1901 University Ave, Berkeley, CA 94704
Dasaprakash Indian Restaurant
2636 Homestead Rd, Santa Clara, CA 95051
976 E El Camino Real, Sunnyvale, CA 94087
341 Lafayette St #101, Santa Clara, CA
5988 Newpark Plz, Newark, CA 94560
re: Nathan P
Here's a photo of the plain pesarattu filled with red onions, fresh ginger, jalapeno peppers, shallots, herbs at TB. It's accompanied by sambar, coconut chutney, and the addictive tomato chutney.
Image of plain pesarattu -
For "osho", Tirupathi Bhimas makes my favorite thali, which come in spicy Andhran and non-spicy versions. Much fresher and lighter tasting. The non-spicy is still full-flavored, but does not have the mindblowing Andrhan heat . . . one of the waiters there once confided in me that the spicy one is can be too hot for him too sometimes. I like the variety of vegetables used (e.g., black radish, gongura, beet, bottle gourd, drumsticks, okra) and the different preps. I will usually ask what's in the thali before ordering it here, but it usually always appeals with kozhambu, majjiga, kootu, poriyal, avial, etc. made with those veggies, plus various types of dal, a sweet, and rasam and sambar.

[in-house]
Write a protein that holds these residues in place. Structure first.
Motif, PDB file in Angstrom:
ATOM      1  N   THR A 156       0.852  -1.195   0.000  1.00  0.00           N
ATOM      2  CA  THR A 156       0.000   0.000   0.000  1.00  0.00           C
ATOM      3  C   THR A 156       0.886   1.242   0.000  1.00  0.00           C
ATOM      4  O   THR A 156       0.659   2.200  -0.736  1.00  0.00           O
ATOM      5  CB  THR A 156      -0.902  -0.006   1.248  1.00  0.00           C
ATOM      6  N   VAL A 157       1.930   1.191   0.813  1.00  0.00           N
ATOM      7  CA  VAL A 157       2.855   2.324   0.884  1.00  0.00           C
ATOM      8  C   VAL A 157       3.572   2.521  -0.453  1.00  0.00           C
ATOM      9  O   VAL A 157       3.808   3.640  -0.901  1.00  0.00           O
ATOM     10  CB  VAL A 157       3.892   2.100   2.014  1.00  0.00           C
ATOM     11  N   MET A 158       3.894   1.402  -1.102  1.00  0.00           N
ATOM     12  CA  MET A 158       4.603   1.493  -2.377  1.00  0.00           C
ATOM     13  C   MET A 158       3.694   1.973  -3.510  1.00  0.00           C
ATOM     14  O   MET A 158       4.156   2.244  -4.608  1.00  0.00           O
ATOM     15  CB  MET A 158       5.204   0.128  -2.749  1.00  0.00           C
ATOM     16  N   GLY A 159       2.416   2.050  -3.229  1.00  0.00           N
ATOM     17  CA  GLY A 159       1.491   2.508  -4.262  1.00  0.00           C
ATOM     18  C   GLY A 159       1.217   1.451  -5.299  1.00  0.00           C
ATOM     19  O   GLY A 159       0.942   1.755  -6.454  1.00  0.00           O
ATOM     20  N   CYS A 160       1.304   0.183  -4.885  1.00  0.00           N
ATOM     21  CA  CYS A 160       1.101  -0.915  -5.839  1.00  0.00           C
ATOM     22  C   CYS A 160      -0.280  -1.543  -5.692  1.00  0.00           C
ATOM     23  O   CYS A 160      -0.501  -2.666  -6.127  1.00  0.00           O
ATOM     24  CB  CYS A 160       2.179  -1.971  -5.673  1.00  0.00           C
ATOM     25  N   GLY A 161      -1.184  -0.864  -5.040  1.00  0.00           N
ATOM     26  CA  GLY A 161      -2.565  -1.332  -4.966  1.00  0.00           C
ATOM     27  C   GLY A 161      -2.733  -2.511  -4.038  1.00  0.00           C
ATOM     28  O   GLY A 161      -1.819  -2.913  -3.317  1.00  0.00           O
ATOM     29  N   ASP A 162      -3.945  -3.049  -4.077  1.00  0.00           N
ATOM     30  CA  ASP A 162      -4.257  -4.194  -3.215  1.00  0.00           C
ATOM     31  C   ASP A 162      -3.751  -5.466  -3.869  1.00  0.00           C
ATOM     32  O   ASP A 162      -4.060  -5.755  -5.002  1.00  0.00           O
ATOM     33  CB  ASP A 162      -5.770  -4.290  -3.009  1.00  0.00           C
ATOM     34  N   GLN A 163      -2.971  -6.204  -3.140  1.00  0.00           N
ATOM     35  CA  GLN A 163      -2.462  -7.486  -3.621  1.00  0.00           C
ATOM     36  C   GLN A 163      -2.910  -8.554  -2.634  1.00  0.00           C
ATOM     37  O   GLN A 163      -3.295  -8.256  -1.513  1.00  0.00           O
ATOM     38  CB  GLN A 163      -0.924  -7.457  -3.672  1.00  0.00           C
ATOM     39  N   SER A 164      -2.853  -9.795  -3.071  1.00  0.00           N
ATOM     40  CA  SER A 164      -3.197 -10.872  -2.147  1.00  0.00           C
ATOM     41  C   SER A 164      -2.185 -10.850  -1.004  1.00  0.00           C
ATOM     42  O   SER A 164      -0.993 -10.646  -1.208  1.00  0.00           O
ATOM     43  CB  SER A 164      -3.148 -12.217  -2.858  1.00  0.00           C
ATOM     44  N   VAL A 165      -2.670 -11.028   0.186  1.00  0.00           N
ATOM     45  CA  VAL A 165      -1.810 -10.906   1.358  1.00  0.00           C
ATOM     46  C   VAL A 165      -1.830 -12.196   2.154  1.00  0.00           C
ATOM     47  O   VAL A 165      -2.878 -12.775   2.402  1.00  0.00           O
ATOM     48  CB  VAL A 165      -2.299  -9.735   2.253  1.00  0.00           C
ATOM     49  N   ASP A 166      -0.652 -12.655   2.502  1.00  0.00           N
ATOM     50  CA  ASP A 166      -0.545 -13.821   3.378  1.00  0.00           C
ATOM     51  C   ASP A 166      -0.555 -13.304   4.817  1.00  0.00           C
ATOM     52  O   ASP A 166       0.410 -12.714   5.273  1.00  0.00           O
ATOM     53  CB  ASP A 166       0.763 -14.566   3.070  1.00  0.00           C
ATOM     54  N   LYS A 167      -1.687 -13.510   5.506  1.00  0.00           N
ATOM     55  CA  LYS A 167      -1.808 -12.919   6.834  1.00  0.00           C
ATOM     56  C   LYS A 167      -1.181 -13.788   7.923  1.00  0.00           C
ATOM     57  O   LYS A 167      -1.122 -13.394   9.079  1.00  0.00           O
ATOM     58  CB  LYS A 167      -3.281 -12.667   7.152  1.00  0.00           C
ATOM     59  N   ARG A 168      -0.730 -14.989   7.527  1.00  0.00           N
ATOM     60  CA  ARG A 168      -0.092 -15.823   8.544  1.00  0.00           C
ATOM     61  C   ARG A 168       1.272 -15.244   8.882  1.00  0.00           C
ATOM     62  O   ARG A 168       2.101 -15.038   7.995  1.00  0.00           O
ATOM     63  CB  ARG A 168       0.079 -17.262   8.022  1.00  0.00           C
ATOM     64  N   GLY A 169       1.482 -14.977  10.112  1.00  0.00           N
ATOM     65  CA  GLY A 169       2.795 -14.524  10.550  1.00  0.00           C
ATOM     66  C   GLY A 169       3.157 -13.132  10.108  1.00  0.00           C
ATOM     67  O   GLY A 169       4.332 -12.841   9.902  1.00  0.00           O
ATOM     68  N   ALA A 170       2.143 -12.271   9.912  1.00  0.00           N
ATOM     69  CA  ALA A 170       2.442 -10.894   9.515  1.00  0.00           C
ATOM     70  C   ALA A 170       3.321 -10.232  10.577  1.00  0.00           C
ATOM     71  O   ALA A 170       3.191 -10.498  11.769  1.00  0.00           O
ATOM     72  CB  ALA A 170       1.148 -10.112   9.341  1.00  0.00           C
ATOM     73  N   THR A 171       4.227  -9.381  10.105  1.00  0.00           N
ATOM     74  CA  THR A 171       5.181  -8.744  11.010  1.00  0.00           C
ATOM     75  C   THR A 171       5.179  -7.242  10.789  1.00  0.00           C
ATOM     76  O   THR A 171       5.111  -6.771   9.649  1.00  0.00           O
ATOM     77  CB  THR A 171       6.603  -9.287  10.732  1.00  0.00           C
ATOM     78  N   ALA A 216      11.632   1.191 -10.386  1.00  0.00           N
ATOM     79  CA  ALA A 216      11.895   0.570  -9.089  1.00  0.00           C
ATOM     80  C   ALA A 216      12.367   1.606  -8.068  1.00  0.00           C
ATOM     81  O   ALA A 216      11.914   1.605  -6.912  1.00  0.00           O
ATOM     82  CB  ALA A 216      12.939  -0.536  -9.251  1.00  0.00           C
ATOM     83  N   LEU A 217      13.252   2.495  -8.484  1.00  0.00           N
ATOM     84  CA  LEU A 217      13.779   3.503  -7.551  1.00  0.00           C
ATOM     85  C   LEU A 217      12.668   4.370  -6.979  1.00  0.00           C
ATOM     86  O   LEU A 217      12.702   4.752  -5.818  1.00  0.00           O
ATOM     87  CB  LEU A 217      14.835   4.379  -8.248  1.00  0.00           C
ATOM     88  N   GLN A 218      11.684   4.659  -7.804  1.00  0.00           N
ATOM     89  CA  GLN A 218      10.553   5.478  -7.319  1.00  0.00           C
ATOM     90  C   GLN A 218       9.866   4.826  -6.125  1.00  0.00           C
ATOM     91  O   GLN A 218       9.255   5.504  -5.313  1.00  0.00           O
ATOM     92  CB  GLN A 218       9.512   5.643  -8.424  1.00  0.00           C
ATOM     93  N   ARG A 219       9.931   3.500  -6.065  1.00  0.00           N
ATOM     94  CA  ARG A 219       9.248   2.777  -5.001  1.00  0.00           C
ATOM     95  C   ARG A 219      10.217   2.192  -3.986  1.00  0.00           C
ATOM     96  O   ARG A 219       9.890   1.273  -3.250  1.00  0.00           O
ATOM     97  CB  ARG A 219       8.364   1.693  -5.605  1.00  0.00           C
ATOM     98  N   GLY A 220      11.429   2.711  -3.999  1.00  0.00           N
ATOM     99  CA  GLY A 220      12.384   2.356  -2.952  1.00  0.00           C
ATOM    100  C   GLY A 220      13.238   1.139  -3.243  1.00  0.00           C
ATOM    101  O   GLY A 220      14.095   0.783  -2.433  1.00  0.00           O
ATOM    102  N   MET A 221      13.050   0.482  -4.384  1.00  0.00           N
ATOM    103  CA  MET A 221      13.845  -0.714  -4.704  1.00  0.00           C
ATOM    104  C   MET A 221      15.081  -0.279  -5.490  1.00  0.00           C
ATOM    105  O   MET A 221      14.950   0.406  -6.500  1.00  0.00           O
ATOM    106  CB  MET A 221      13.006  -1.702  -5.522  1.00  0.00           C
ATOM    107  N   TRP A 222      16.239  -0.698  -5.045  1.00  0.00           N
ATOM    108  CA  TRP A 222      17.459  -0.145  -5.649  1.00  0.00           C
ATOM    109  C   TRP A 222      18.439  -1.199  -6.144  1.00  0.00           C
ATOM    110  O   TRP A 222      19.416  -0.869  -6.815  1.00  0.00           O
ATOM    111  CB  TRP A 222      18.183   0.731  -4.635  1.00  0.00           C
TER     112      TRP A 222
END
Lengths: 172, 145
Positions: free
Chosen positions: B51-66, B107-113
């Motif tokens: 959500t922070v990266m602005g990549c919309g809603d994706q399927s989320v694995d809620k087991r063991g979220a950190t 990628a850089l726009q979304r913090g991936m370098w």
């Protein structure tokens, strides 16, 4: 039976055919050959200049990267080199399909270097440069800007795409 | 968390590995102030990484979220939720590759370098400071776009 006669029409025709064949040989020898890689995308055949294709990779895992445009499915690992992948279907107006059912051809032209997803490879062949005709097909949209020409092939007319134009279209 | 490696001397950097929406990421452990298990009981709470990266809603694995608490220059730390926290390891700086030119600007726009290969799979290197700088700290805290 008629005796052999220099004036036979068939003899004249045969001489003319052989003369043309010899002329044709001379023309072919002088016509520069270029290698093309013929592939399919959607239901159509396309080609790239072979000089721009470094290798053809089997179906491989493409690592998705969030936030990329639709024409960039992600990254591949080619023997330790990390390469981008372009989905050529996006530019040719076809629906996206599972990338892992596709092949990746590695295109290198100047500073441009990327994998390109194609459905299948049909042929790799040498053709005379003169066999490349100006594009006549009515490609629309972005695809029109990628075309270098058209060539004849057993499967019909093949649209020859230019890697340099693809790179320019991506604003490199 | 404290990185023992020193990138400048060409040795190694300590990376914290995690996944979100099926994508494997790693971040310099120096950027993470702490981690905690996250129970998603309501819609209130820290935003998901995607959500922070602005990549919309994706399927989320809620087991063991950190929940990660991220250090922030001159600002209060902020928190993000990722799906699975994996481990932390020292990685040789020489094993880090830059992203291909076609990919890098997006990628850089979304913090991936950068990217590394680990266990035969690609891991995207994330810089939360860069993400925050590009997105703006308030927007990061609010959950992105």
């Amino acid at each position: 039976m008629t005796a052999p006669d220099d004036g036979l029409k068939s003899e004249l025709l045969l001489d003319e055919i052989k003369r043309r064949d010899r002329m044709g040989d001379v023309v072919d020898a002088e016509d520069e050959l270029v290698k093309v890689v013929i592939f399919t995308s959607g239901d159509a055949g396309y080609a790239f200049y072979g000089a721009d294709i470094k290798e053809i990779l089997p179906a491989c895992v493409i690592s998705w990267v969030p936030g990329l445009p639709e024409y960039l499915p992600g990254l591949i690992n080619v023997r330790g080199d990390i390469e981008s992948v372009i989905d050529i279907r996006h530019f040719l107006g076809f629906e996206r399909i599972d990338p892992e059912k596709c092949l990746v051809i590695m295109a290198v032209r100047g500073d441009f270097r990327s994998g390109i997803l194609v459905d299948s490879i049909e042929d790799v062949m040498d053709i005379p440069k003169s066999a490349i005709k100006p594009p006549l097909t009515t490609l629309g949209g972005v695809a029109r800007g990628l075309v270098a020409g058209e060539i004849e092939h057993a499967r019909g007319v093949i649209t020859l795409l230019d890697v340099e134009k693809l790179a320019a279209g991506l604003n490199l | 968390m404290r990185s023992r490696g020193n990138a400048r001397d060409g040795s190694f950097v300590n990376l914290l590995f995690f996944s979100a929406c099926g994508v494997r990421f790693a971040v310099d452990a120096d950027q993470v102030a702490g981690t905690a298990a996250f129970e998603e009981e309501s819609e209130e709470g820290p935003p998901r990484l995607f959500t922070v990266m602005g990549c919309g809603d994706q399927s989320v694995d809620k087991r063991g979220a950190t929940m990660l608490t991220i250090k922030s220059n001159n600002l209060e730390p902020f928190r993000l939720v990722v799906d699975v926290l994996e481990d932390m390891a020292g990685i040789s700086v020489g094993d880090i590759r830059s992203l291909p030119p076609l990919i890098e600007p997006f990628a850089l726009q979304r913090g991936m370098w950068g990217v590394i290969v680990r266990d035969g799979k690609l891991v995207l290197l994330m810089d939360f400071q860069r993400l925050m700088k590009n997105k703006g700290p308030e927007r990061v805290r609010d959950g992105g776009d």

Image of "non-spicy" thali -
More photos from Bhimas -
re: Melanie Wong
I ate at Bhima's around the time it first opened back in 2005. I must have had the non-spicy version, because I thought the food bordered on the insipid. Maybe some teething troubles back then.
Also, I should clarify that the thali I am hankering for is probably Gujarati or Kutchi food.
Becareful to close your spice cabinets with a earthquake secure vice.. my Indian spices went flying out of the cabinets in the 1994 earthquake in LA and my kitchen never recovered from smells and stains.
What I know is the South Bay is the area. I do not recall a particular spot but I will get the recommendations that I once had again and post them.
IMHO, Dosa was excellent on all counts when it first opened in early 2006. Last time I went with a group of friends, I came to the conclusion that it's turned into a trendy hipster spot. Nothing wrong with that, just that the food is more expensive and I thought the quantities of food were reduced.
Also, Sultan in SF has introduced Dosas very recently. I had some at the buffet a couple of weeks ago, and I would say they provide an excellent alternative to Dosa (the restaurant).